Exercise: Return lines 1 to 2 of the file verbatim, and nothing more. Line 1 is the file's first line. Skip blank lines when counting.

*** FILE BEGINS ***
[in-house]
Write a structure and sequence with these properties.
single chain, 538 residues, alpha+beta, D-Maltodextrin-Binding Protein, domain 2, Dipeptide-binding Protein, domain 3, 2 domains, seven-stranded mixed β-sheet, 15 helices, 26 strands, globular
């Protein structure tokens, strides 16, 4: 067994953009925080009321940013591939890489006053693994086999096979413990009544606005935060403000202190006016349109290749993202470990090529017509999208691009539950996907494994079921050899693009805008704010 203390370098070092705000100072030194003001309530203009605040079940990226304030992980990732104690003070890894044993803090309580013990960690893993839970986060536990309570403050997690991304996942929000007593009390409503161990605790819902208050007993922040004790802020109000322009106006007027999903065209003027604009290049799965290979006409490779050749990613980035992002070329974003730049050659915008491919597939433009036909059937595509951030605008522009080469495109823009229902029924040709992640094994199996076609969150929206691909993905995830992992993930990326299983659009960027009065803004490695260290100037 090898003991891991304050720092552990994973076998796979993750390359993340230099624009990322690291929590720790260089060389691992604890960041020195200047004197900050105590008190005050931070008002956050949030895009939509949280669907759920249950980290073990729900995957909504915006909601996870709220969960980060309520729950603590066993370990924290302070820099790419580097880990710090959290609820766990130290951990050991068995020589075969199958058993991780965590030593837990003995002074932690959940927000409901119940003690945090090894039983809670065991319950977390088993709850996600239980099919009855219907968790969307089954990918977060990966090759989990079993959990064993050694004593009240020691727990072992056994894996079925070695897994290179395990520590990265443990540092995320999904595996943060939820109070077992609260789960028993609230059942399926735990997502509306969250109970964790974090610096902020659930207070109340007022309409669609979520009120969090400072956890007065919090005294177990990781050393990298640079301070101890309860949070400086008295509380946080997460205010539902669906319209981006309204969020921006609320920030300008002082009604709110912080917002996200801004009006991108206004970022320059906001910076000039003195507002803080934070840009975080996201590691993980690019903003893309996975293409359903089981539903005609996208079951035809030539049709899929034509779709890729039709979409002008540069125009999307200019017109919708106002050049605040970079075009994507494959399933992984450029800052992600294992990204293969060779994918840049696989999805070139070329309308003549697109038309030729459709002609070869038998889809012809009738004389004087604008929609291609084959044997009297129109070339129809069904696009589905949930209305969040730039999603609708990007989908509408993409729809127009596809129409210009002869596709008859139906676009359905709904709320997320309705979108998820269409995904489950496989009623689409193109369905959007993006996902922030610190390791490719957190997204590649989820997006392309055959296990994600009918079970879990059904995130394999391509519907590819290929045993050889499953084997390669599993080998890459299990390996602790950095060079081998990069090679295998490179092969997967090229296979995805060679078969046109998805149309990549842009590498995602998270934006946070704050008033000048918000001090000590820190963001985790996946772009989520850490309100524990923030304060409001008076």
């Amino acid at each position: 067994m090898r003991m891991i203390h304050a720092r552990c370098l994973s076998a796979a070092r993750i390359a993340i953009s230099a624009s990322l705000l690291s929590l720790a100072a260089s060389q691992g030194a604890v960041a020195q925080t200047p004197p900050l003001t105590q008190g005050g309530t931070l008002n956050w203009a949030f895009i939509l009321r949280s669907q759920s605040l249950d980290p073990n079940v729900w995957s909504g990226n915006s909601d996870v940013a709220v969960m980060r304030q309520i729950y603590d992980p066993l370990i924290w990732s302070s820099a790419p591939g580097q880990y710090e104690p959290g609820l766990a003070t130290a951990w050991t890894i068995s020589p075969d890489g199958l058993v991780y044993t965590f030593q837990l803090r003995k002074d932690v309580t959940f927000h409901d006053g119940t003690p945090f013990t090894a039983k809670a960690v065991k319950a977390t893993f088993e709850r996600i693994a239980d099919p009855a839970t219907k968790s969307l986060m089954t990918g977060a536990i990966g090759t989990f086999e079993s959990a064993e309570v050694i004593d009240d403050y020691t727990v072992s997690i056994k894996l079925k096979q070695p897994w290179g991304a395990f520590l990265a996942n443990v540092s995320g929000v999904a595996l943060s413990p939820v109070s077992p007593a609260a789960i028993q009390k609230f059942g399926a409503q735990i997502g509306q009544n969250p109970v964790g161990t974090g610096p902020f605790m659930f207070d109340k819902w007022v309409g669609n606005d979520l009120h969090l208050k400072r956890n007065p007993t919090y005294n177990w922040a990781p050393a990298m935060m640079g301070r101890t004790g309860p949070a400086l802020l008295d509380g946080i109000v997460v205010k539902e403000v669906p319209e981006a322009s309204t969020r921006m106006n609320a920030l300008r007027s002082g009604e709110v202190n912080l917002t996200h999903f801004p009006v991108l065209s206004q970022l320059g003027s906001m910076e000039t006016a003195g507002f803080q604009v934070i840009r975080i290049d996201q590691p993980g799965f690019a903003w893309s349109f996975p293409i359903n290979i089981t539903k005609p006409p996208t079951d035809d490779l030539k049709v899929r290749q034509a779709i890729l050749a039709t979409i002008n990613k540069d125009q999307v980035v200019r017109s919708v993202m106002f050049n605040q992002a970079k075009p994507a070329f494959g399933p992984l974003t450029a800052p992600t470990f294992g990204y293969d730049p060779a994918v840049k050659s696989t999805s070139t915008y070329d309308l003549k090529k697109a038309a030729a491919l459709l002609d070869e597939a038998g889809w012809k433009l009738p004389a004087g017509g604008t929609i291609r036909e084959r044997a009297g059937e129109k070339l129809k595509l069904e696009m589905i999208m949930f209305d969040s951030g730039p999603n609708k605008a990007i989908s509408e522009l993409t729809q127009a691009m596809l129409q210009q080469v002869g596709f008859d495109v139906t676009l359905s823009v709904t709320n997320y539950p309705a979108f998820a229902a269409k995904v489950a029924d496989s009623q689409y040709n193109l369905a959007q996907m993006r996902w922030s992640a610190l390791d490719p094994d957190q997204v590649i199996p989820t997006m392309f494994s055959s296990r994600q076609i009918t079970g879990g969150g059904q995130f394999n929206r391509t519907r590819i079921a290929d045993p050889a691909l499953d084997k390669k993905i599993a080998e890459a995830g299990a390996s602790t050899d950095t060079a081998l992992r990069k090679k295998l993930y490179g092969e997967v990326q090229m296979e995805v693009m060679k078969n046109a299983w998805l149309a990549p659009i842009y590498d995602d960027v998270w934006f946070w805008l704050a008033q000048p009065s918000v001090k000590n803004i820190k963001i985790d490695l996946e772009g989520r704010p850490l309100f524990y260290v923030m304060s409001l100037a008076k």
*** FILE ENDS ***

[in-house]
Write a structure and sequence with these properties.